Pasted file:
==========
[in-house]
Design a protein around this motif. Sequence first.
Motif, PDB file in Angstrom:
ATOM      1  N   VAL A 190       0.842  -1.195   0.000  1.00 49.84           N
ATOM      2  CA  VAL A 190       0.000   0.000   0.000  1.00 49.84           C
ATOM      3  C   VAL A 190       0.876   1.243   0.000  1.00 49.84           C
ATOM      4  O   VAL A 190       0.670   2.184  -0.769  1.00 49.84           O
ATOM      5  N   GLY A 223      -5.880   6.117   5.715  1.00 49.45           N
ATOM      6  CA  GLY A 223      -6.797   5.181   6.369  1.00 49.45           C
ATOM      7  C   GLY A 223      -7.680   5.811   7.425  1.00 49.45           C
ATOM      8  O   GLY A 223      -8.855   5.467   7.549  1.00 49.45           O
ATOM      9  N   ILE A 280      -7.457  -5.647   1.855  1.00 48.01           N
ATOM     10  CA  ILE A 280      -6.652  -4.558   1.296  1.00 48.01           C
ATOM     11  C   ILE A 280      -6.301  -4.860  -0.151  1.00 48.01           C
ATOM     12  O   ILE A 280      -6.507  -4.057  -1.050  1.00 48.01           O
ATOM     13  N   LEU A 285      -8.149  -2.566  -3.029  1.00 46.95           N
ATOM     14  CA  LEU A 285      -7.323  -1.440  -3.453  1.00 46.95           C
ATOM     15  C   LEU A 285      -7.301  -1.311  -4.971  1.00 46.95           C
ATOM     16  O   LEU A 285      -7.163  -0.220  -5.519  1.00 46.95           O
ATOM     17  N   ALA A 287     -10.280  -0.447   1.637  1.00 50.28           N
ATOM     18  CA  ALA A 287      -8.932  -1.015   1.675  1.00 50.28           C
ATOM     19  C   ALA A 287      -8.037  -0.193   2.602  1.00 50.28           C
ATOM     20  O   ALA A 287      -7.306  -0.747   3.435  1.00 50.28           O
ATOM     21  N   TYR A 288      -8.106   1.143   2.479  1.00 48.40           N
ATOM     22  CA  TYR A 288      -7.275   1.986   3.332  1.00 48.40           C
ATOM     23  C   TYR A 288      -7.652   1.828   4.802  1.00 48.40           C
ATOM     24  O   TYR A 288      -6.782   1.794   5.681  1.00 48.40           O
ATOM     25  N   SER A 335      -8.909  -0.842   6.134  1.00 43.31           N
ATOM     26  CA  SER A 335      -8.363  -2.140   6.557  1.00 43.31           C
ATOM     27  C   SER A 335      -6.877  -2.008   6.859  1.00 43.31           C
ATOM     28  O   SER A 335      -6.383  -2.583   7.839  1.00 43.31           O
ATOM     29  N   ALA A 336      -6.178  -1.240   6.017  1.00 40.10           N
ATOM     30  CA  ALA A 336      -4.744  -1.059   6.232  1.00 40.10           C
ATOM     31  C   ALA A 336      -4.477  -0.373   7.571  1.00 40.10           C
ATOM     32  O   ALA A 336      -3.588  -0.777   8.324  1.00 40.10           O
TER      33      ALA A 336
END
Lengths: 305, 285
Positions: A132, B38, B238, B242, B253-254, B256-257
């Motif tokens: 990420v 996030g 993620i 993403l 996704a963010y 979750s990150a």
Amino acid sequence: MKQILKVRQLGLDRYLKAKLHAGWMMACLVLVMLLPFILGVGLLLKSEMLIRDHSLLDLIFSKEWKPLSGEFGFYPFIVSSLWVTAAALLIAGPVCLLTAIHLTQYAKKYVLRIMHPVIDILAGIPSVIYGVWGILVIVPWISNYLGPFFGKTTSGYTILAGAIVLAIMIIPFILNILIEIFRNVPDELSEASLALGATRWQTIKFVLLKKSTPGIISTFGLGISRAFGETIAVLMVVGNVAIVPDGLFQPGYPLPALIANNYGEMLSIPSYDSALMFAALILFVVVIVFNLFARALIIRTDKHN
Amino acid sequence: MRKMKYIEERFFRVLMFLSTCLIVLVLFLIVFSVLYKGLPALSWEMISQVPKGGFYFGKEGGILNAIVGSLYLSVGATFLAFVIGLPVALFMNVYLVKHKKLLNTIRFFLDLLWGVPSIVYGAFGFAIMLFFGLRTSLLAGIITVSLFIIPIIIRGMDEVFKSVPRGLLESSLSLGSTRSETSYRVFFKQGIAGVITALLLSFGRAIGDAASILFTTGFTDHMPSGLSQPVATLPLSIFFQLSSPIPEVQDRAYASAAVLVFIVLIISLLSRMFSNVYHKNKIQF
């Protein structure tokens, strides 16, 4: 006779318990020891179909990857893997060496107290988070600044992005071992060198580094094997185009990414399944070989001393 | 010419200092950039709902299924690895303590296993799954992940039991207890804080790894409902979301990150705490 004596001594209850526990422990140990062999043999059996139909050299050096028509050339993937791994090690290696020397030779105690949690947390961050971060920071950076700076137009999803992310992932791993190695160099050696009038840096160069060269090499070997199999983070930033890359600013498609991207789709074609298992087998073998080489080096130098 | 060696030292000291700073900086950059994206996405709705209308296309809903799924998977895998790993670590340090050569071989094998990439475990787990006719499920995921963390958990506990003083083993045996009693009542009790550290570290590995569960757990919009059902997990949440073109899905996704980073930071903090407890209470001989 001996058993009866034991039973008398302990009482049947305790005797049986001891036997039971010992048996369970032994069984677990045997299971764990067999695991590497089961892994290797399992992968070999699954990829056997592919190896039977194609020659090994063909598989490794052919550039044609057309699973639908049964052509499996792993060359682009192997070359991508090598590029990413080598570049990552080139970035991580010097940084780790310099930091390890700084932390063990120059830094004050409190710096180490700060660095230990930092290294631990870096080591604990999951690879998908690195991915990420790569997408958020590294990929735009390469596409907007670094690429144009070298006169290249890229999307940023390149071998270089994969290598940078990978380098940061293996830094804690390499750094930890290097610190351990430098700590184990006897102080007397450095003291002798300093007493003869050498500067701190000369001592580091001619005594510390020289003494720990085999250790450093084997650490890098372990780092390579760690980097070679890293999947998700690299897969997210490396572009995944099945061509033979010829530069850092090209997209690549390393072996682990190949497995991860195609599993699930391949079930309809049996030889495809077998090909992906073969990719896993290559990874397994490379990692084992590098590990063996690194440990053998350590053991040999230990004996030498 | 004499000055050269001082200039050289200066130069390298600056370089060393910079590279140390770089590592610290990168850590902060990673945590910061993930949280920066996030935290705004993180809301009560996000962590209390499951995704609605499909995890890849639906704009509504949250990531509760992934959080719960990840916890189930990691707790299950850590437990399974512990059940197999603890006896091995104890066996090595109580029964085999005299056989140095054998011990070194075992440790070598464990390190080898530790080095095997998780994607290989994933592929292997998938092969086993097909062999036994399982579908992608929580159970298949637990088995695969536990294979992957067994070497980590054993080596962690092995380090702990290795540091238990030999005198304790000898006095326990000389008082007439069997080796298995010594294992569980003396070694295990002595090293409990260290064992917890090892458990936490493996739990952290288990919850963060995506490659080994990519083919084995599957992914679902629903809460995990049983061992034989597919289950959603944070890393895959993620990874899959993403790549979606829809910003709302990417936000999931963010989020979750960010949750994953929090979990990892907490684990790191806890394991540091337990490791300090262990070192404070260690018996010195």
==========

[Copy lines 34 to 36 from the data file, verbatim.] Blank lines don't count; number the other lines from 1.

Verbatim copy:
ATOM     31  C   ALA A 336      -4.477  -0.373   7.571  1.00 40.10           C
ATOM     32  O   ALA A 336      -3.588  -0.777   8.324  1.00 40.10           O
TER      33      ALA A 336